There is no uniform definition, assessment method or scale for functional status to be communicated consistently across care settings. This creates challenges for representing functional status in a standardized vocabulary to support continuity of care, information exchange and reuse. Functional status information is important to assessing an individual’s level of functioning and providing appropriate and needed health and supportive services. Functional status impacts the individual’s quality of life, wellness, and ability to care for oneself, and is often a factor in public and private payment methodologies as well as in quality management and clinical outcome measurement.
Providers and care settings have adopted a variety of instruments and data sets to assess functional status. While there is often some general consistency in the functional status categories covered by many of these instruments and data sets, there is often variation in specific content. This lack of consistency makes sharing and reusing functional status information difficult, including sharing information across care providers as individuals move across the continuum and measuring progress and decline across the continuum.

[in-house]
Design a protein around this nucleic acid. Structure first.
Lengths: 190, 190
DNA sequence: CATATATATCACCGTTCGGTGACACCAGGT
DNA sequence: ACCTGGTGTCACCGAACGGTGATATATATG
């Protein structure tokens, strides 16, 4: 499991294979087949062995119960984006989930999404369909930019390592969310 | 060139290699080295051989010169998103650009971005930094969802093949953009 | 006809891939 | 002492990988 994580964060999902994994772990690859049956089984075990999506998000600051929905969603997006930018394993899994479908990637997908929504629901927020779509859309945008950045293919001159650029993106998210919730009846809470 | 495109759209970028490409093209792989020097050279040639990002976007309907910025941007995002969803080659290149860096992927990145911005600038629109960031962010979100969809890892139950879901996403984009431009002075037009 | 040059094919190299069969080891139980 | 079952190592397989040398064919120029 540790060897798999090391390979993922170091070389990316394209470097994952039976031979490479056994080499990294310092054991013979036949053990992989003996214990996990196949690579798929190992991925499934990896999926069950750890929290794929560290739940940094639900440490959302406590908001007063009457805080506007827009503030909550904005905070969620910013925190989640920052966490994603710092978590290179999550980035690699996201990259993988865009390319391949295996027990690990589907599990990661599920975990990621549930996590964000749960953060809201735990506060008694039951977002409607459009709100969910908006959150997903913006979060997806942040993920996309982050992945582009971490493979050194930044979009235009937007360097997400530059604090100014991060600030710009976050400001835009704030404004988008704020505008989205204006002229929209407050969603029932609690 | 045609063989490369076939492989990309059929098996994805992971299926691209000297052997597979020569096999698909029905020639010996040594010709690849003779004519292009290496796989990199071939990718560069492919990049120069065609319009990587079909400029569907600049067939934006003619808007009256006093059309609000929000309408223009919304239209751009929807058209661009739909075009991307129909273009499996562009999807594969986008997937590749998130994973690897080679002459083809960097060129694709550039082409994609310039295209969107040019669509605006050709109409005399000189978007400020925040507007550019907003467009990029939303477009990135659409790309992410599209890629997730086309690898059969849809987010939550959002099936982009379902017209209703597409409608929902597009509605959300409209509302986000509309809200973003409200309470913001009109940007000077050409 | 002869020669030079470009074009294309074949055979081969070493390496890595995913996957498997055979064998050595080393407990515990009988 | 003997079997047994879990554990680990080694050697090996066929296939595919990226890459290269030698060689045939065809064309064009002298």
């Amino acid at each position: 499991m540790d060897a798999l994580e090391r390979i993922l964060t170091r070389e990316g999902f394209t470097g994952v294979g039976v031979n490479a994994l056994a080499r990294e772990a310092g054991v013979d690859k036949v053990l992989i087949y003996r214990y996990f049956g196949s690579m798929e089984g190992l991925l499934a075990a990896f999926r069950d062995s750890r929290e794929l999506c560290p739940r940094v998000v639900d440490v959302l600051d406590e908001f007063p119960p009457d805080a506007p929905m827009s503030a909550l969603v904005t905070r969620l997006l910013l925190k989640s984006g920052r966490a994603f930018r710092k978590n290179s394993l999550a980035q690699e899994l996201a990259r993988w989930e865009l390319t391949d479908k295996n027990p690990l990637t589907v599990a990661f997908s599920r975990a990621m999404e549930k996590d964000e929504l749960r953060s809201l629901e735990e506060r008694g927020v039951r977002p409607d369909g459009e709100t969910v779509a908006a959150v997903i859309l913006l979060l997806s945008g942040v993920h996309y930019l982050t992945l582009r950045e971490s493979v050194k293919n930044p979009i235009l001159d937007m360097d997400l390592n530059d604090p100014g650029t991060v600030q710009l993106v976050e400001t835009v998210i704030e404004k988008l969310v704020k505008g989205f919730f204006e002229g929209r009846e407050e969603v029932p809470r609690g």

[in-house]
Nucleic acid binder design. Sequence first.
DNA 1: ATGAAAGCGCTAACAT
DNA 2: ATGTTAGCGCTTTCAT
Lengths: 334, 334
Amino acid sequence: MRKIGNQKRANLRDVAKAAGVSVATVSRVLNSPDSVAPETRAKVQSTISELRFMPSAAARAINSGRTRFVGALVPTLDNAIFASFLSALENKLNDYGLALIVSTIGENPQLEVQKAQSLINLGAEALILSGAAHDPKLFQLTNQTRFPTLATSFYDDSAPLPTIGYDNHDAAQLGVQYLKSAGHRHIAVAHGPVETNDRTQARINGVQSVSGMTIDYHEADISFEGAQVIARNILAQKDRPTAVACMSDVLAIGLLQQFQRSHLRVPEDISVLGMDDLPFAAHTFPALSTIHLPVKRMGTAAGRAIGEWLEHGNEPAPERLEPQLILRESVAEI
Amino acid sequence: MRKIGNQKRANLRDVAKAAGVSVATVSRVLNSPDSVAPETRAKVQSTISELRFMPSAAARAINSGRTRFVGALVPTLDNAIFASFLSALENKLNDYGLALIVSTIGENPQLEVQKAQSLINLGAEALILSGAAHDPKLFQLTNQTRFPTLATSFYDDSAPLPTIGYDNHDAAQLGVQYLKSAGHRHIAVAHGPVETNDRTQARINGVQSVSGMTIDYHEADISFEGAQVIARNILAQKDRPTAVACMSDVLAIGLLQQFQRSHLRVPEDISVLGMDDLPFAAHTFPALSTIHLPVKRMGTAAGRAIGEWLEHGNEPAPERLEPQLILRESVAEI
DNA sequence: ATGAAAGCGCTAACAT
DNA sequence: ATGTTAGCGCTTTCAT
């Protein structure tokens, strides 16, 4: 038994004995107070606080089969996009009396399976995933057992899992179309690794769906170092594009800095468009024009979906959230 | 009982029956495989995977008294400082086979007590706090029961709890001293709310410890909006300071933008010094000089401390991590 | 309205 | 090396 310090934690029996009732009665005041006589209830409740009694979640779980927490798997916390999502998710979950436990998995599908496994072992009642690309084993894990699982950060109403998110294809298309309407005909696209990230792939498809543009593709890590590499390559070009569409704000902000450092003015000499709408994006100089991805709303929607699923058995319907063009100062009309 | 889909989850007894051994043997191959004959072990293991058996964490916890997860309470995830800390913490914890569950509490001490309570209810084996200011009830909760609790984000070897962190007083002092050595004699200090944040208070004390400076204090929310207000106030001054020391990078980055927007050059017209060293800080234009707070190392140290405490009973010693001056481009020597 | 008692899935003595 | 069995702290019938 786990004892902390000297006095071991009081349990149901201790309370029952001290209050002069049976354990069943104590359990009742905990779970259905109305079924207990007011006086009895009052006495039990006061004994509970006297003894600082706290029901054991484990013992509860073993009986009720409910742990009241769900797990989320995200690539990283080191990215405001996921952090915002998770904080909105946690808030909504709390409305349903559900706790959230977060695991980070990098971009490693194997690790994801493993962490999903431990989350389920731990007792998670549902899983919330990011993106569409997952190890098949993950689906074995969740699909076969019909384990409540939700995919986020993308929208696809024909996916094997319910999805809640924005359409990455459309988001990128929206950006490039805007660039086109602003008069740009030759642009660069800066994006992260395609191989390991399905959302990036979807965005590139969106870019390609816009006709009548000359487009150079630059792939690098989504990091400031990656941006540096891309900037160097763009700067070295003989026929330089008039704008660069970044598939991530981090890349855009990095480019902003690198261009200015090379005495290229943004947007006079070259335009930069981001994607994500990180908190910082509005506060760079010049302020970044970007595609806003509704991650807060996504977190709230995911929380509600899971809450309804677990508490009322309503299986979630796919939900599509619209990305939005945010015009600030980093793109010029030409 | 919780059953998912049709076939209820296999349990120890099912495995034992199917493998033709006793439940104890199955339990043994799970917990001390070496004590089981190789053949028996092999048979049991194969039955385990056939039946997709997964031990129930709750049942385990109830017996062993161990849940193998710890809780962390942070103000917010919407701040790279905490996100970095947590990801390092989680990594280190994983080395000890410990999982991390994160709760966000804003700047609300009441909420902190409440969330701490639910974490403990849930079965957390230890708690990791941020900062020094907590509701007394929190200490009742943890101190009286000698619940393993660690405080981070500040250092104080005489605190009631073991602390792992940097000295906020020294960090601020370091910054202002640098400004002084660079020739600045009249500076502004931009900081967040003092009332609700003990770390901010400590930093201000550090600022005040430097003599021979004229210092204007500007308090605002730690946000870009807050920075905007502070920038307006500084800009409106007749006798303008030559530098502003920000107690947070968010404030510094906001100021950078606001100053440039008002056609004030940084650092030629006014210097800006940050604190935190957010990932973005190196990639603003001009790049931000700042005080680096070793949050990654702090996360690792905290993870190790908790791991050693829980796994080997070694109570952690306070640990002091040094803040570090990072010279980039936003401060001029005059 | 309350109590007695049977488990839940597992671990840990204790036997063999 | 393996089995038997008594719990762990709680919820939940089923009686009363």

Several provisions in the Patient Protection and Affordable Care Act (ACA) identify functional status as a key area for which assessment, reporting or information sharing will be needed, including the following sections:
Section 2401 Community First Choice Option: Requires providers to use (when feasible) health IT to report on quality measures in the provision of health home services.
Section 3013 Quality Measurement Development: Prioritize quality measures that allow assessment of health outcomes and functional status of patients.
Section 3023 National Pilot Program on Payment Bundling: Quality measures of process, outcome and structure including measures of functional status related to participants of the pilot program.
Section 3024 Independence at Home Demonstration Program: For individuals with two or more functional dependencies requiring assistance of another person.
Section 3501 Health Care Delivery System Research; Quality: Potential impact of processes and systems on health status and function of patients including vulnerable populations and children.
Section 2503 Medication Management Services in Treatment of Chronic Disease: Performing or obtaining necessary assessments of the health and functional status of each patient receiving such MTM services.
Section 4106 Improving Access to Preventive Services for Eligible Adults in Medicaid: Any medical or remedial services (provided in a facility, a home, or other setting) recommended by a physician or other licensed practitioner of the healing arts within the scope of their practice under state law, for the maximum reduction of physical or mental disability and restoration of an individual to the best possible functional level.